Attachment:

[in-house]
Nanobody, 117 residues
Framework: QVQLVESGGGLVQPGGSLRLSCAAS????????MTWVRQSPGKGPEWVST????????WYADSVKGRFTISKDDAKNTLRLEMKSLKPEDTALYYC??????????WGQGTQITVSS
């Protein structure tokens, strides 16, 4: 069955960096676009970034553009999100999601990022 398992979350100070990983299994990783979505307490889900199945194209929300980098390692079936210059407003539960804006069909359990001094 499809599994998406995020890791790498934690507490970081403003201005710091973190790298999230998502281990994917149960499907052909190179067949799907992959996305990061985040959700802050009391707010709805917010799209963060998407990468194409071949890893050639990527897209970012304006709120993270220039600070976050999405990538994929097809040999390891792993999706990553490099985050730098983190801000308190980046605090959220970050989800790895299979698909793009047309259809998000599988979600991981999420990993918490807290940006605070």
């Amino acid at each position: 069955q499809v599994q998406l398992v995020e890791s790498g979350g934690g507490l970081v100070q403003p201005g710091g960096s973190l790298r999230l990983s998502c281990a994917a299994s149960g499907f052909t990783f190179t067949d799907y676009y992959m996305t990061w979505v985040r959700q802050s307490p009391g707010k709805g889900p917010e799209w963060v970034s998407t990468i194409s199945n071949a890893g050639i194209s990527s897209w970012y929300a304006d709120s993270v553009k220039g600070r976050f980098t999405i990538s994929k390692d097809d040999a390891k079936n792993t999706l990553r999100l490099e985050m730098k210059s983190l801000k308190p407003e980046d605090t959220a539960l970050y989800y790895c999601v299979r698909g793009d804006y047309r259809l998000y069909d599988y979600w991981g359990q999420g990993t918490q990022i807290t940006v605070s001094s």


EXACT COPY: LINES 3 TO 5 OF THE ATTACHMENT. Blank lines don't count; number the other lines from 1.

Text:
Framework: QVQLVESGGGLVQPGGSLRLSCAAS????????MTWVRQSPGKGPEWVST????????WYADSVKGRFTISKDDAKNTLRLEMKSLKPEDTALYYC??????????WGQGTQITVSS
């Protein structure tokens, strides 16, 4: 069955960096676009970034553009999100999601990022 398992979350100070990983299994990783979505307490889900199945194209929300980098390692079936210059407003539960804006069909359990001094 499809599994998406995020890791790498934690507490970081403003201005710091973190790298999230998502281990994917149960499907052909190179067949799907992959996305990061985040959700802050009391707010709805917010799209963060998407990468194409071949890893050639990527897209970012304006709120993270220039600070976050999405990538994929097809040999390891792993999706990553490099985050730098983190801000308190980046605090959220970050989800790895299979698909793009047309259809998000599988979600991981999420990993918490807290940006605070």
């Amino acid at each position: 069955q499809v599994q998406l398992v995020e890791s790498g979350g934690g507490l970081v100070q403003p201005g710091g960096s973190l790298r999230l990983s998502c281990a994917a299994s149960g499907f052909t990783f190179t067949d799907y676009y992959m996305t990061w979505v985040r959700q802050s307490p009391g707010k709805g889900p917010e799209w963060v970034s998407t990468i194409s199945n071949a890893g050639i194209s990527s897209w970012y929300a304006d709120s993270v553009k220039g600070r976050f980098t999405i990538s994929k390692d097809d040999a390891k079936n792993t999706l990553r999100l490099e985050m730098k210059s983190l801000k308190p407003e980046d605090t959220a539960l970050y989800y790895c999601v299979r698909g793009d804006y047309r259809l998000y069909d599988y979600w991981g359990q999420g990993t918490q990022i807290t940006v605070s001094s």